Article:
(ii) In exigent circumstances, the Chairman may grant an extension in particular cases of up to 60 days as a matter of discretion. Except as provided in paragraph (e)(8)(iii) or (iv) of this section, in those cases where the panel is unable to issue a decision within the established time limits, as extended, the Chairman shall either assign the case to himself or a Vice Chairman for final decision within 14 days or shall refer the case to the Director for decision. If a dissenting or concurring panel member fails to complete his or her opinion by the end of the extension period, the decision of the majority will be issued without the separate opinion. For a case referred to the Director under this paragraph, the Director shall exercise delegated authority from the Attorney General identical to that of the Board as described in this section, including the authority to issue a precedent decision and the authority to refer the case to the Attorney General for review, either on his own or at the direction of the Attorney General.

(iii) In rare circumstances, when an impending decision by the United States Supreme Court or an impending en banc Board decision may substantially determine the outcome of a group of cases pending before the Board, the Chairman, subject to concurrence by the Director, may hold the cases until such decision is rendered, temporarily suspending the time limits described in this paragraph (e)(8). The length of such a hold shall not exceed 120 days.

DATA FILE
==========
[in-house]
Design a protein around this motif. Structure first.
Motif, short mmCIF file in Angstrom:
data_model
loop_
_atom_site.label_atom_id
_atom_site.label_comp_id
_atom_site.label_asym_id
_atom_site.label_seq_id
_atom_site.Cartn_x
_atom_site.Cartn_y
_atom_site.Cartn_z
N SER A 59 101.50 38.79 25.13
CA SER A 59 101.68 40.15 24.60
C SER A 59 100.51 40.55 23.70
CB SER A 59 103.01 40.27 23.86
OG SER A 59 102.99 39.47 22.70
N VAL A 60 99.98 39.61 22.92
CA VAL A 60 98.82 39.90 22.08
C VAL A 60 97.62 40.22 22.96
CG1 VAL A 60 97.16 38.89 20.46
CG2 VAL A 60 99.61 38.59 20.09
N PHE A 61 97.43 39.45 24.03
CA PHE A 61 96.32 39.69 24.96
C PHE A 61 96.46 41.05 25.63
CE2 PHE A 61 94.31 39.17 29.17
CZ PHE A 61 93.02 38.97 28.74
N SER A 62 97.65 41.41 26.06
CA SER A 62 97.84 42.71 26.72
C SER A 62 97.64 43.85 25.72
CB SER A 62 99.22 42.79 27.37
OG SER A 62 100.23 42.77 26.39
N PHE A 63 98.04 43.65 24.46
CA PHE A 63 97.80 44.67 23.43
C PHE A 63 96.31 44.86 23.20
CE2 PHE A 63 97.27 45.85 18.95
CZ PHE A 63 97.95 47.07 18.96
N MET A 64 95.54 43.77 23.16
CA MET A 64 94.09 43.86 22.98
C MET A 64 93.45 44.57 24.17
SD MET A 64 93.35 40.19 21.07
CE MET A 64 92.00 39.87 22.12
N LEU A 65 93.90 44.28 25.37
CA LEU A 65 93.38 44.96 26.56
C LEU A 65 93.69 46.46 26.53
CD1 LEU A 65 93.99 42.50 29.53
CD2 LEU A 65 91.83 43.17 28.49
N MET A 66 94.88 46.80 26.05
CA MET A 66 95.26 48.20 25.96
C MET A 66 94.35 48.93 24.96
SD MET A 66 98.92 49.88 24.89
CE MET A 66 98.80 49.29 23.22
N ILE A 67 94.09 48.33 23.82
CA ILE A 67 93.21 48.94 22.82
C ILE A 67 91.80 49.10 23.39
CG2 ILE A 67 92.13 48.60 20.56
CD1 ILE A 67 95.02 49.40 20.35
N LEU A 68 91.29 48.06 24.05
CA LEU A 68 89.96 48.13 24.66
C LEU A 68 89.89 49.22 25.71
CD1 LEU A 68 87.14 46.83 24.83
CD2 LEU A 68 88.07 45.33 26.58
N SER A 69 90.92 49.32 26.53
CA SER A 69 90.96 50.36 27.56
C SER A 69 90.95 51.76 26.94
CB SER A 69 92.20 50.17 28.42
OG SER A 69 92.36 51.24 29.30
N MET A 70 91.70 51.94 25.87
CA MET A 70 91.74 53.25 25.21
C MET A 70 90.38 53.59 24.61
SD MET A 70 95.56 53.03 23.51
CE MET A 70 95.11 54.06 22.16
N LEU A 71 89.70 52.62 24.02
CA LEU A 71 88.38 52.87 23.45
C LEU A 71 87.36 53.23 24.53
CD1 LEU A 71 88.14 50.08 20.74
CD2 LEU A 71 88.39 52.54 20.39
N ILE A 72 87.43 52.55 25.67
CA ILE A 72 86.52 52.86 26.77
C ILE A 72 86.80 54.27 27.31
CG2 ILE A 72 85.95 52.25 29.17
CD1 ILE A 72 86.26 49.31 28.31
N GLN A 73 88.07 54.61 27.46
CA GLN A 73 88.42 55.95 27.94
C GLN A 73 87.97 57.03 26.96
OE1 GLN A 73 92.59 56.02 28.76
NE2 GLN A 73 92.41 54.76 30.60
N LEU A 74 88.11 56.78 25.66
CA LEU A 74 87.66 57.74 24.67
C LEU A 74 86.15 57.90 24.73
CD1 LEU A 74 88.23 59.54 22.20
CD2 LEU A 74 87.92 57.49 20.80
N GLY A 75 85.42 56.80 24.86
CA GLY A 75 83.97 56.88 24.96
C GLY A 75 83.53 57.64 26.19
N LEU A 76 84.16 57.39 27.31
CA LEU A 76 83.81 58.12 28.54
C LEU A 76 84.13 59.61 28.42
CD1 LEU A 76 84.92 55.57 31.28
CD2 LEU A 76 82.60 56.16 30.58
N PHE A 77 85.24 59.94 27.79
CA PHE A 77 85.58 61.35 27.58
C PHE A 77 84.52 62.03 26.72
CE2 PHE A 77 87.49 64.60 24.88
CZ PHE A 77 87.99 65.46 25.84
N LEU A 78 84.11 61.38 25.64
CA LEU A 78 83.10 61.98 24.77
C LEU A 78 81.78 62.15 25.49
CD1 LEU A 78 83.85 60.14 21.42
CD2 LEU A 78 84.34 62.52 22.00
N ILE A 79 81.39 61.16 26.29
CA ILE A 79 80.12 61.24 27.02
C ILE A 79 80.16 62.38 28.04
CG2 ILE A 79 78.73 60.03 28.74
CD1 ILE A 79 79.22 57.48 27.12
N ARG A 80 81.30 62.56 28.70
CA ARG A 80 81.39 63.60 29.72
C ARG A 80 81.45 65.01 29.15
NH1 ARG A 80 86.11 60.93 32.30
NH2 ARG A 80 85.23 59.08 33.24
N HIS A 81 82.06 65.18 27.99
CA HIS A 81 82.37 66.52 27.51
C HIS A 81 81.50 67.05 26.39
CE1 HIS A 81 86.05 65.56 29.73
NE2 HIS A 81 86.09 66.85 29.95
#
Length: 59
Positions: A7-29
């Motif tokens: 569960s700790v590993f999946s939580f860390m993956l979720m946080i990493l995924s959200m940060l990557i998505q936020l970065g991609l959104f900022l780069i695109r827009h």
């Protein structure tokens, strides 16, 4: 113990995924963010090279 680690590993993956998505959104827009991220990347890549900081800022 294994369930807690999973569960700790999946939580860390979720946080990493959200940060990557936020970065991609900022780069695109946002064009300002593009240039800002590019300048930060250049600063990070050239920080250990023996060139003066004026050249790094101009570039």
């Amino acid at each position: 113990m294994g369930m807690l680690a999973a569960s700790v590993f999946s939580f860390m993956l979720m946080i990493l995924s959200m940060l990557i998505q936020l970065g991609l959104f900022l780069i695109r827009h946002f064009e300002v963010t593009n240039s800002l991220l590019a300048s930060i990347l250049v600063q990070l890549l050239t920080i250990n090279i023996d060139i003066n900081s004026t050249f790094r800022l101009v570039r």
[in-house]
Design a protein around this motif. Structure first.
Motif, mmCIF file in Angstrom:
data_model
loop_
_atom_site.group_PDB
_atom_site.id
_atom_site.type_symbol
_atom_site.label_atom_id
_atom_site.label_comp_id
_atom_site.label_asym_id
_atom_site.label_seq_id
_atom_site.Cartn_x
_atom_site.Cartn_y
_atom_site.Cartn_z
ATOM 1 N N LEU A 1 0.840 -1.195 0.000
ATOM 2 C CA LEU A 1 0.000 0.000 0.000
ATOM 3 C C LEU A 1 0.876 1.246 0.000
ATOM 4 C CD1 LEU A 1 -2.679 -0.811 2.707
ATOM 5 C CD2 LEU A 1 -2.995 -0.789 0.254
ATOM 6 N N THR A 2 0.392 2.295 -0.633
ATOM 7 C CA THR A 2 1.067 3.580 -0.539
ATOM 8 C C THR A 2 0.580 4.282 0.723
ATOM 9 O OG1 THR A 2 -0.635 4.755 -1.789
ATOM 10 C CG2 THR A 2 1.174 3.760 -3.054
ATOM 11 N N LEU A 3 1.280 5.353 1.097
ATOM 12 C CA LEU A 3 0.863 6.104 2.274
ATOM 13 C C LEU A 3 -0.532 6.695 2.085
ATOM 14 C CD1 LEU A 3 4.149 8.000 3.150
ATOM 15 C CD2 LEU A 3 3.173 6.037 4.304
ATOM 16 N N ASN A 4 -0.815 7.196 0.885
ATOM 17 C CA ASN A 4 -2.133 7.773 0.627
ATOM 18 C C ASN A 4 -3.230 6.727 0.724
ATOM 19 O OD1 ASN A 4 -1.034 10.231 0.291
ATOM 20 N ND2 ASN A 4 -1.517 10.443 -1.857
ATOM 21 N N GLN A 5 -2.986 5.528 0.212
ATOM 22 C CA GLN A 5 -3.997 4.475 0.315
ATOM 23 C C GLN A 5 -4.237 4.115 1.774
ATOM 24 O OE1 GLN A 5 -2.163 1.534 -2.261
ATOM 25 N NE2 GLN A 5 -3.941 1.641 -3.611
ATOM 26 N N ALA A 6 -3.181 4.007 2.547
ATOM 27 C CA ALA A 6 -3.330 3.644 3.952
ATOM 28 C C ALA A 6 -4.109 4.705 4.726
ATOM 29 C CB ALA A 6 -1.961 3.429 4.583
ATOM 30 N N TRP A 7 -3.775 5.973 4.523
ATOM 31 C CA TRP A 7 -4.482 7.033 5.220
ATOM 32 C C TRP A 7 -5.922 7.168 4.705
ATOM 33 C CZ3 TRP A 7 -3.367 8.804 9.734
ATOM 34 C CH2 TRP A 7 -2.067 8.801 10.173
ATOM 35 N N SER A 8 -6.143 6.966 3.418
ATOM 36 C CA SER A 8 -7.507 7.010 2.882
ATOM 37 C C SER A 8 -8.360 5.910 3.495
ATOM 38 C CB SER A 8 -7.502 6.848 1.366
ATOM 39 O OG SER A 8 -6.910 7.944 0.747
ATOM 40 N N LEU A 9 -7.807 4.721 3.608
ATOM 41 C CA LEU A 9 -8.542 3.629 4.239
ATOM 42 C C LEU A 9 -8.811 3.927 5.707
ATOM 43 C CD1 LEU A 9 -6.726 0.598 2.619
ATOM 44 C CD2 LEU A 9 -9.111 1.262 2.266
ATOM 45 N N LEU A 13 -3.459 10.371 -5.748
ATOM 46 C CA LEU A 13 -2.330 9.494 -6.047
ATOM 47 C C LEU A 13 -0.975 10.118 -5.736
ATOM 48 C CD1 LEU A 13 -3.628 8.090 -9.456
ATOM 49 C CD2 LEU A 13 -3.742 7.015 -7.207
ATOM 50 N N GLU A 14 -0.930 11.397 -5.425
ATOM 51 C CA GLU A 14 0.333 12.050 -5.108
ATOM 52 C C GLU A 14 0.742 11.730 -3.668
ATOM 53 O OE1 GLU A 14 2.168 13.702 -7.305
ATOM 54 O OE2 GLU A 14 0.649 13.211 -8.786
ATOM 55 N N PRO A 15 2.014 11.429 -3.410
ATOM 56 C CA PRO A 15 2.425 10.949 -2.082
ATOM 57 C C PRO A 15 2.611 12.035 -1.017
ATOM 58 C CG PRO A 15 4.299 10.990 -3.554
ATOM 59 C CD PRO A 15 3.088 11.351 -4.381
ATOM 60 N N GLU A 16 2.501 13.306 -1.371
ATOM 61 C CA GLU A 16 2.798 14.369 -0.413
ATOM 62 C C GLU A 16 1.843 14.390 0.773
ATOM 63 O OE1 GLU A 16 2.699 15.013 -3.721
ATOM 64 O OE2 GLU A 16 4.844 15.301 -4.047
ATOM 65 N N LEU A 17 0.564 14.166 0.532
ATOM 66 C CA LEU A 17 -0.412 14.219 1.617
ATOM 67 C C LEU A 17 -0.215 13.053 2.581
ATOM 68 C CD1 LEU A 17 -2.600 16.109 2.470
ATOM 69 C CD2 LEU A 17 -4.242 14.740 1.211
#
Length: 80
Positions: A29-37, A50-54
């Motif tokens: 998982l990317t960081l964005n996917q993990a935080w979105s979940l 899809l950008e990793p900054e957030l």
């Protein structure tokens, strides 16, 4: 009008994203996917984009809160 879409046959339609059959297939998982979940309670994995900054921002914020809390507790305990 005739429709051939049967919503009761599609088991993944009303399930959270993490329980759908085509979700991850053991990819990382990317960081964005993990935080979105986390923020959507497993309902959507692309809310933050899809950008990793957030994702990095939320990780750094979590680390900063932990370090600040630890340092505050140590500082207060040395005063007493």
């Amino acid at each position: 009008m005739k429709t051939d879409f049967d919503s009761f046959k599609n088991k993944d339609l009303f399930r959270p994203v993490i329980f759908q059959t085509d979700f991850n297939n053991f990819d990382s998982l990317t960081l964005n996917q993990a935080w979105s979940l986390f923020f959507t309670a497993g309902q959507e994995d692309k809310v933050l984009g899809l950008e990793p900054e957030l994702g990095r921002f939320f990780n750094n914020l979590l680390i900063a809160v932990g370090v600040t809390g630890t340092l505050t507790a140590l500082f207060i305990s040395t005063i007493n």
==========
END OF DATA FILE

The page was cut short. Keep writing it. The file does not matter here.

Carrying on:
(iv) [Reserved]

(v) The Chairman shall notify the Director of EOIR and the Attorney General if a Board member consistently fails to meet the assigned deadlines for the disposition of appeals, or otherwise fails to adhere to the standards of the case management system. The Chairman shall also prepare a report assessing the timeliness of the disposition of cases by each Board member on an annual basis. The Chairman shall notify the Director of all cases in which an extension under paragraph (e)(8)(ii) of this section, a hold under paragraph (e)(8)(iii) of this section, or any other delay in meeting the requirements of paragraph (e)(8) of this section occurs. For any case still pending adjudication by the Board more than 335 days after the appeal was filed, the motion was filed, or the remand was received and not described in paragraphs (e)(8)(v)(A) through (E) of this section, the Chairman shall refer that case to the Director for decision. For a case referred to the Director under this paragraph (e)(8)(v), the Director shall exercise delegated authority from the Attorney General identical to that of the Board as described in this section, including the authority to issue a precedential decision and the authority to refer the case to the Attorney General for review, either on his own or at the direction of the Attorney General. The Director may not further delegate this authority. For purposes of this paragraph (e)(8)(v), the following categories of cases pending adjudication by the Board more than 335 days after the appeal was filed, the motion was filed, or the remand was received will not be referred by the Chairman to the Director: